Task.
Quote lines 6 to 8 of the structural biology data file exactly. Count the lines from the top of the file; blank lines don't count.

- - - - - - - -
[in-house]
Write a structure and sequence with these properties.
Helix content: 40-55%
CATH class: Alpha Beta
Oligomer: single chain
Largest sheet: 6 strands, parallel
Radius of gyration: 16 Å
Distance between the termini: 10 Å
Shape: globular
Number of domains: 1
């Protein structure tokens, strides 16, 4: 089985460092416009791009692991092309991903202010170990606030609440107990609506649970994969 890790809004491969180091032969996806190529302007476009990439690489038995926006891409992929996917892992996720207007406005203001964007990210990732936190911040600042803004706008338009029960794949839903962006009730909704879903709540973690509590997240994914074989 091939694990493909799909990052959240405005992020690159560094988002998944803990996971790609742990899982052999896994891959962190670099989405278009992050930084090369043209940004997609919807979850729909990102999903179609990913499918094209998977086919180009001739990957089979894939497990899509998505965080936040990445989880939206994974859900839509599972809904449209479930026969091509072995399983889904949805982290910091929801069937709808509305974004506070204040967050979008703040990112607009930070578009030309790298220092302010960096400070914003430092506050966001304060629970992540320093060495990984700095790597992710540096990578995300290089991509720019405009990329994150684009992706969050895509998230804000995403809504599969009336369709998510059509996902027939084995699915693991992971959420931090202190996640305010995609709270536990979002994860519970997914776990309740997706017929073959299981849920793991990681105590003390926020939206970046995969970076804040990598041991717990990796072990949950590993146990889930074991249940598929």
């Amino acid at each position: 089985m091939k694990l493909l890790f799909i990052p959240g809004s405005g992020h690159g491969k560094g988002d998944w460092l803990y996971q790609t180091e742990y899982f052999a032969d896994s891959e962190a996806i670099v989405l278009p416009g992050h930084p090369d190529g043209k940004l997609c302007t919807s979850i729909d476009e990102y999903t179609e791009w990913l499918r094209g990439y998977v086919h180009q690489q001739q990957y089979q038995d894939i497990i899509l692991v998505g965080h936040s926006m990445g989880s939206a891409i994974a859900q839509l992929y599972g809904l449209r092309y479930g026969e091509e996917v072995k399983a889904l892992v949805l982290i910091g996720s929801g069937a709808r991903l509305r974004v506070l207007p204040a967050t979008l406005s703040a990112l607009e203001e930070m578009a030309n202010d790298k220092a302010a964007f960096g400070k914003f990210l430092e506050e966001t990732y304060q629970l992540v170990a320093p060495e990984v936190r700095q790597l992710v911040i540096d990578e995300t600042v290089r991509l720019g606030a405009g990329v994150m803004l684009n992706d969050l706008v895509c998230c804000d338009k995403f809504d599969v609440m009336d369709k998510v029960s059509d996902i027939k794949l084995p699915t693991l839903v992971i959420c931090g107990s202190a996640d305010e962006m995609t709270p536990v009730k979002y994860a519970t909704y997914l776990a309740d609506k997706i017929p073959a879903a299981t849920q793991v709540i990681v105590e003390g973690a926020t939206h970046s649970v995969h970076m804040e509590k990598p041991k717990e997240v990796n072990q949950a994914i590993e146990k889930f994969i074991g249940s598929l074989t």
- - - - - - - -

Largest sheet: 6 strands, parallel
Radius of gyration: 16 Å
Distance between the termini: 10 Å